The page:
The world’s deserts receive a tremendous amount of solar exposure – in fact, it’s estimated that if just 0.3% of the Saharan Desert was used for a concentrating solar plant, it would produce enough energy to power all of Europe. Architect and technologist Otto Ng has designed a large solar canopy called the Powerscape that is capable of generating energy while serving as a functioning habitat. While the canopy has the potential to be a cheap and practical system for harnessing solar energy, the concept of placing a giant canopy over desert areas does raise a few questions.
Ng states that by 2050, the world’s oil supply will decline to 1/3 of what it is today. What he proposes instead is to construct over 10,000 km2 of Powerscape – a solar-collecting infrastructure that would be constructed across the arid desert in order to provide energy for the Middle East’s economy and the rest of the world.
Of course, the main problem with Powerscape is its sheer size. Unlike traditional power plants, it requires a massive amount of space. However Ng argues that Powerscape will allow for the desert landscape to be used with the canopy sheltering the ground from the harsh direct sunlight that will be captured for power supply.
He theorizes that as a result, transformation in biological development, meteorological activity and geological phenomena will be inevitable and that the reduced heat and evaporation rate will make desert regions more habitable for human, animals and plants.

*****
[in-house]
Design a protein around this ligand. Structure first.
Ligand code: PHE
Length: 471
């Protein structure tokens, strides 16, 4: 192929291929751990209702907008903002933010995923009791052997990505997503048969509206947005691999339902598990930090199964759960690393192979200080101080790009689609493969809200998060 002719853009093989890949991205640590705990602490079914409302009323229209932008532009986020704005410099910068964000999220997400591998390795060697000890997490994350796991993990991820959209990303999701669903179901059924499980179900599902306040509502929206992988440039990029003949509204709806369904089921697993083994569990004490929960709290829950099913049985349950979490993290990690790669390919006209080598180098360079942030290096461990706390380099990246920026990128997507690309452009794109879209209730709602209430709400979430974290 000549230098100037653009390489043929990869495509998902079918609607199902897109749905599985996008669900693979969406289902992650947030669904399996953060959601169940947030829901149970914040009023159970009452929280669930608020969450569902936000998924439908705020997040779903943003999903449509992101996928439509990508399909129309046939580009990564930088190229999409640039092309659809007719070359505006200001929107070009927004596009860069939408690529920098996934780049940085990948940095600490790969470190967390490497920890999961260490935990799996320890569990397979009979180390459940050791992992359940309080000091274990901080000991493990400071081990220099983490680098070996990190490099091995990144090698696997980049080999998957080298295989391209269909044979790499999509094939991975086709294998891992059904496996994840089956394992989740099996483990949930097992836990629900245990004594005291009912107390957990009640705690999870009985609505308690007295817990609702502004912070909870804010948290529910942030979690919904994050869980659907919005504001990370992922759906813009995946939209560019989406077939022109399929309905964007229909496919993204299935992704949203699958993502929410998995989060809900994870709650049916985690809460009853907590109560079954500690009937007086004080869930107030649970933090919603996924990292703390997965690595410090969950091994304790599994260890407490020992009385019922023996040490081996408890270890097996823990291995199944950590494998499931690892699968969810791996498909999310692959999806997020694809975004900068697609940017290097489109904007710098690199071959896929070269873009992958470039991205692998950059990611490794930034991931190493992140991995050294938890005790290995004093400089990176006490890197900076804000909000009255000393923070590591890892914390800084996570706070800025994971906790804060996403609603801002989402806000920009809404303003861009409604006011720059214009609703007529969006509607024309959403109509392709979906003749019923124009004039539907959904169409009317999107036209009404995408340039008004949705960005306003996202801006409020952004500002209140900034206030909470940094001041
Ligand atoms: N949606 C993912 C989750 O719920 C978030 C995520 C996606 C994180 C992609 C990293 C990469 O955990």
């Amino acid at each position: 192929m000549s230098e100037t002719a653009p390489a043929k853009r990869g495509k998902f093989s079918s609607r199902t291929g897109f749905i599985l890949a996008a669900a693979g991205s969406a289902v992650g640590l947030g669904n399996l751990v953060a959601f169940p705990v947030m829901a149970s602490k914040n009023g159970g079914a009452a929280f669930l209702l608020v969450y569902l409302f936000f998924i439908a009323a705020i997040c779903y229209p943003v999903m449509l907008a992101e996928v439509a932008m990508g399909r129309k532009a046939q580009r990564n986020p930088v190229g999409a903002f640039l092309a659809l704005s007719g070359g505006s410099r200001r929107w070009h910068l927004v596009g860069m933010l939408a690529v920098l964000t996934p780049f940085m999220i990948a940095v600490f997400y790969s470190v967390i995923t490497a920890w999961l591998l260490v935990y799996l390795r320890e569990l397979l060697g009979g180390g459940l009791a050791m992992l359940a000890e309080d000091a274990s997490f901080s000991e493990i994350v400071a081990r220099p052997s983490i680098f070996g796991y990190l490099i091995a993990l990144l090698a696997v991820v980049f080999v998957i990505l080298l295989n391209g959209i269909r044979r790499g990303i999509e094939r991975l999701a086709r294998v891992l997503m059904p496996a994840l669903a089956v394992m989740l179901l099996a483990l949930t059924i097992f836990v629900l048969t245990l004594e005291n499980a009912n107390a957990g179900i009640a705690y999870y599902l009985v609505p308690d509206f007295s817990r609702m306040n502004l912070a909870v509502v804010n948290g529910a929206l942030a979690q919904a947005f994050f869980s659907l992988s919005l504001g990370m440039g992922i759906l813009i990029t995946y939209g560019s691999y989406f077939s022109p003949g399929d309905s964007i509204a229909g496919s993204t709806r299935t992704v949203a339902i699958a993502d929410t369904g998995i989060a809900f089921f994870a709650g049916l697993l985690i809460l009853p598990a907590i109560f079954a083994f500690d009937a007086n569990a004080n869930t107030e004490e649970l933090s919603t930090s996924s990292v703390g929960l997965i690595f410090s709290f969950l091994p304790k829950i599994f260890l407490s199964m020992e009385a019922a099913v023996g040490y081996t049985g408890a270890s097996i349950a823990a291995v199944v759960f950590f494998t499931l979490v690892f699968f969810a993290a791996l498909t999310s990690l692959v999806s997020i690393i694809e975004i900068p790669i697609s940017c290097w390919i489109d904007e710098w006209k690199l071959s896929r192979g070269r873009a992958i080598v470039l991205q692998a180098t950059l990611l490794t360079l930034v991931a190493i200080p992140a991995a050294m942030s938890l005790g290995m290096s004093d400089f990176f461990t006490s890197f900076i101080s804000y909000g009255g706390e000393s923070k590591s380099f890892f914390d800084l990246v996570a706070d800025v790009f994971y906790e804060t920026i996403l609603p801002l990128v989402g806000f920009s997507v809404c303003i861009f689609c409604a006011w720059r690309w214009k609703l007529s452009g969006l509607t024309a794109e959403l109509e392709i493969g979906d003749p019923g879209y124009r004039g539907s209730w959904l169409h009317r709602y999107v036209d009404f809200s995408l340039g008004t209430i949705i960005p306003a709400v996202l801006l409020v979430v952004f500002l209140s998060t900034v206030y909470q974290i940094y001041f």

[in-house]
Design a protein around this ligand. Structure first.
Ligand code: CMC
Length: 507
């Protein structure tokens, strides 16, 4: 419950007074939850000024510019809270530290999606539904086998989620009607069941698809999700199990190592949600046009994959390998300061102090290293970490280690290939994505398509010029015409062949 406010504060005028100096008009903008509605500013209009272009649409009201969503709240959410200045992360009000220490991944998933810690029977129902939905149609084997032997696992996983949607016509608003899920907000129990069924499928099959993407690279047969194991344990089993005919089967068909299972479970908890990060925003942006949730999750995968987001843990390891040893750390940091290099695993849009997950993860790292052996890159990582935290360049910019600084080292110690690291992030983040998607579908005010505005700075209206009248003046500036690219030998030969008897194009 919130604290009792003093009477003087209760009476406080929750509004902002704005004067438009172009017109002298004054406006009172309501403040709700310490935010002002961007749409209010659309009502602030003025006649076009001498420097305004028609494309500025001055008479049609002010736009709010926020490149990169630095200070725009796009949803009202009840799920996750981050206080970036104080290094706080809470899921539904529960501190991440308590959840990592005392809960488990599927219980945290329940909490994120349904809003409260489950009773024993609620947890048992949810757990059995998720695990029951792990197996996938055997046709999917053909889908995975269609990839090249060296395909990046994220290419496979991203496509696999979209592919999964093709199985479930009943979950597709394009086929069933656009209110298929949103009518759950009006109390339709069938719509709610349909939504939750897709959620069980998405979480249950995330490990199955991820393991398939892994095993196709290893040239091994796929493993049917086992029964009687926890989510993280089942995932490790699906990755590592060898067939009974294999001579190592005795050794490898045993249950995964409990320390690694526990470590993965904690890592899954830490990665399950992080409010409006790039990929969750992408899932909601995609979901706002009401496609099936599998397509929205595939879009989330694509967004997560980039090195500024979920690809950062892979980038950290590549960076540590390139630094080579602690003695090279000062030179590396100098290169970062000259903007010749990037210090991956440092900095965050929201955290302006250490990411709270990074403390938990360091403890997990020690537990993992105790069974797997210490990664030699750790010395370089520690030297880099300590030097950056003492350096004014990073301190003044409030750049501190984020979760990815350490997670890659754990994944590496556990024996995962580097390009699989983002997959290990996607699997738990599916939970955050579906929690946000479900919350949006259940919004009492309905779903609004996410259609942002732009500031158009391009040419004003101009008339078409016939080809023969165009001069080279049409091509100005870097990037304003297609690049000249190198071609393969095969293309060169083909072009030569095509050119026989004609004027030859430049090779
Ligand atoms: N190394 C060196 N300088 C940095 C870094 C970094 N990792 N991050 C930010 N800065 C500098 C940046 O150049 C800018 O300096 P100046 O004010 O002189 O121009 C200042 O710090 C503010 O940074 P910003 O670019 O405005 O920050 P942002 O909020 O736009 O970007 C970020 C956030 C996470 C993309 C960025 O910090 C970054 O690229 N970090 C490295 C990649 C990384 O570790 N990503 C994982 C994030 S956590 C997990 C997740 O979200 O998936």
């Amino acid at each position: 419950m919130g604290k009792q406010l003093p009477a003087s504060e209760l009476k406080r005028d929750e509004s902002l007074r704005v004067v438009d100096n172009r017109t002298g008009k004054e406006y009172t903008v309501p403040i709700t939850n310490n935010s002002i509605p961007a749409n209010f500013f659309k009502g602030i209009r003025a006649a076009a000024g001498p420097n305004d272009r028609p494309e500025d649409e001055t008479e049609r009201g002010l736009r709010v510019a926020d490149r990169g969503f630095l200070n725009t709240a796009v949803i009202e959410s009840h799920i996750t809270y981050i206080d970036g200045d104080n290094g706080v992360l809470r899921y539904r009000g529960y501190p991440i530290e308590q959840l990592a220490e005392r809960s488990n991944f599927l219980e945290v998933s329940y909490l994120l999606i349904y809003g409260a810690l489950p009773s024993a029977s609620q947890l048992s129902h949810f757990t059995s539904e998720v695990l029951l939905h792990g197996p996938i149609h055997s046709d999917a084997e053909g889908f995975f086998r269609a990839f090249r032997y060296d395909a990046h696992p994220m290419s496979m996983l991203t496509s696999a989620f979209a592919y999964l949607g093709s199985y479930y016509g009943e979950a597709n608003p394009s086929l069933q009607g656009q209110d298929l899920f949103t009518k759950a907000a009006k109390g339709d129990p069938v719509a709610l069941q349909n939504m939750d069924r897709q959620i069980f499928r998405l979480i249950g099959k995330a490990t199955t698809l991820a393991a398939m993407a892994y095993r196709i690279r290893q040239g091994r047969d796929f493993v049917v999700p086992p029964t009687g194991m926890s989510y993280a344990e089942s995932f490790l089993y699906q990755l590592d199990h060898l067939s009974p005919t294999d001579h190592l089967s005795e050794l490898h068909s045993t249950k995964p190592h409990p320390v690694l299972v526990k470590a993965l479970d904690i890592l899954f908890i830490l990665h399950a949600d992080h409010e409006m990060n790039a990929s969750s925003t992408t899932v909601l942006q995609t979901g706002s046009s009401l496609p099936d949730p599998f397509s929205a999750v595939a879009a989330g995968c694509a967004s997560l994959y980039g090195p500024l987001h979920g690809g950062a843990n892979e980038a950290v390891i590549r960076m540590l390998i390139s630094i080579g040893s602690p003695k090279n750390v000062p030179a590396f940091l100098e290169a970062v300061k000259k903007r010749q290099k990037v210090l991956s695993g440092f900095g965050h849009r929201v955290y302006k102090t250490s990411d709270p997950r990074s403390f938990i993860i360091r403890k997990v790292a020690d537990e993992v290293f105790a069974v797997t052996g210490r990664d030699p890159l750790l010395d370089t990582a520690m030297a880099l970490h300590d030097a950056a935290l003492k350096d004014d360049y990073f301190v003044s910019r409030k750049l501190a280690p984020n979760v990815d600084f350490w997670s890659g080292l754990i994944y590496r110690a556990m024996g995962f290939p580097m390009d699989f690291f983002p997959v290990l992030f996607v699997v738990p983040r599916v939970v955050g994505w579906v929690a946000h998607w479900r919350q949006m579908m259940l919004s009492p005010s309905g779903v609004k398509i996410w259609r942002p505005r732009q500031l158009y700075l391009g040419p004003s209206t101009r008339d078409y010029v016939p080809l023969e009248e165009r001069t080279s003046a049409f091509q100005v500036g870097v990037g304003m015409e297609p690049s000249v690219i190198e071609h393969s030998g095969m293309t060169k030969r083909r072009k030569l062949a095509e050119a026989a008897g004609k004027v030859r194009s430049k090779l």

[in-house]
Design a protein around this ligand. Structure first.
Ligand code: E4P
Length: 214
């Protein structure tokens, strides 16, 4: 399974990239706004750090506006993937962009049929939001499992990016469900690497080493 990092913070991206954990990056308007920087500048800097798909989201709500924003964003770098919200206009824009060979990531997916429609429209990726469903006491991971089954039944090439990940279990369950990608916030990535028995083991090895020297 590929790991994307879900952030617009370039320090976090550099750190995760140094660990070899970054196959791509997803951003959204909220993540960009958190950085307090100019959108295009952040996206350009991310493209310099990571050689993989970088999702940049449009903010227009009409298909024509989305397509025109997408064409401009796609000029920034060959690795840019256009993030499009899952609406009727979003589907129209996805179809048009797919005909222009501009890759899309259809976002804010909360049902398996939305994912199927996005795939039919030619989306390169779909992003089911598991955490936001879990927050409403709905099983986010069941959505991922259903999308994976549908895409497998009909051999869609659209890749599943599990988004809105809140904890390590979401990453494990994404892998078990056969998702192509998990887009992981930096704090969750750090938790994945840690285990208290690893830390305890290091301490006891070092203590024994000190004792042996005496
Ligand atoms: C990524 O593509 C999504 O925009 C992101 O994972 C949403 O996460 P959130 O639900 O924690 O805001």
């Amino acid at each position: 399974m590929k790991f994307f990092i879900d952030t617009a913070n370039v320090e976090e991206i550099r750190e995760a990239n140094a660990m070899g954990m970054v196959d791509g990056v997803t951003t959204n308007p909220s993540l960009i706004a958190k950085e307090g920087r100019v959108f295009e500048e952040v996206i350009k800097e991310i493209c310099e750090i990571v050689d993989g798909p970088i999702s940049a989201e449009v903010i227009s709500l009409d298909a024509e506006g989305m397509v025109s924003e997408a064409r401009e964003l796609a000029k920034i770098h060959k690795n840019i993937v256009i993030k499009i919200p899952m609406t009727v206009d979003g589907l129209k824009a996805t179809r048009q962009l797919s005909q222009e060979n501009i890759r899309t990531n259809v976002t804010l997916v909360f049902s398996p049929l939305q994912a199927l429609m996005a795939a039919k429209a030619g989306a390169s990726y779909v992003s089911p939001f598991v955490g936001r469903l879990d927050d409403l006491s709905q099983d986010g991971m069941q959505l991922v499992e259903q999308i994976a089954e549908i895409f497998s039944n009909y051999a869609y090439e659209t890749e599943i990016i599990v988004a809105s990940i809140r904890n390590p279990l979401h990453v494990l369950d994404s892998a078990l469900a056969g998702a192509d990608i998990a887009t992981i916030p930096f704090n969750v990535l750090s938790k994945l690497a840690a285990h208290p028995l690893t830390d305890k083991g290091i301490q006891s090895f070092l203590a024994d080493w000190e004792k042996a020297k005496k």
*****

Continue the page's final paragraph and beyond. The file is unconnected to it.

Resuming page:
While it sounds like a risky form of geological engineering, the energy production benefits are clear. Constructed with layers of solar-gathering material, the Powerscape will be organized to form “Strata” of temporal conditions to be stretched across the landscape.
Ng hopes that this will “forge a symbiotic relationship between solar collection, human habitation, agricultural production and wild nature, the layers of material will delineate, push, flip, intersect, punctuate, wrap and merge, responding to programmatic needs and geographical dynamics that the natural geology and the Powerscapes together create.”
What do you think? A genius design or a risky strategy for desert regions?
via TED Conference